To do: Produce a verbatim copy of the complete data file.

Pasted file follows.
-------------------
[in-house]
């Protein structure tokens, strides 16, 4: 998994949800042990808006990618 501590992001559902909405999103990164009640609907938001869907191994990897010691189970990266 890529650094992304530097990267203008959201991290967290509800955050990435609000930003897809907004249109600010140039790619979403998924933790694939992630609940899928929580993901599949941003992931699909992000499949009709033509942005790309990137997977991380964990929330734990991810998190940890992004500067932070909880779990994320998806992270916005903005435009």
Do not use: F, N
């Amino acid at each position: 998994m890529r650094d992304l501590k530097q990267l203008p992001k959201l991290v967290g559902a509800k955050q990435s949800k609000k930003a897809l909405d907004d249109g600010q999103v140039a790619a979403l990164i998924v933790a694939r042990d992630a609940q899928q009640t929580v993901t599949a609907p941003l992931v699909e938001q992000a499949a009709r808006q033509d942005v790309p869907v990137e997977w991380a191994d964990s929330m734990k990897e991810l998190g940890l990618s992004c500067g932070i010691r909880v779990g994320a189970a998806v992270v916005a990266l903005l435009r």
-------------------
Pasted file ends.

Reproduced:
[in-house]
């Protein structure tokens, strides 16, 4: 998994949800042990808006990618 501590992001559902909405999103990164009640609907938001869907191994990897010691189970990266 890529650094992304530097990267203008959201991290967290509800955050990435609000930003897809907004249109600010140039790619979403998924933790694939992630609940899928929580993901599949941003992931699909992000499949009709033509942005790309990137997977991380964990929330734990991810998190940890992004500067932070909880779990994320998806992270916005903005435009």
Do not use: F, N
């Amino acid at each position: 998994m890529r650094d992304l501590k530097q990267l203008p992001k959201l991290v967290g559902a509800k955050q990435s949800k609000k930003a897809l909405d907004d249109g600010q999103v140039a790619a979403l990164i998924v933790a694939r042990d992630a609940q899928q009640t929580v993901t599949a609907p941003l992931v699909e938001q992000a499949a009709r808006q033509d942005v790309p869907v990137e997977w991380a191994d964990s929330m734990k990897e991810l998190g940890l990618s992004c500067g932070i010691r909880v779990g994320a189970a998806v992270v916005a990266l903005l435009r």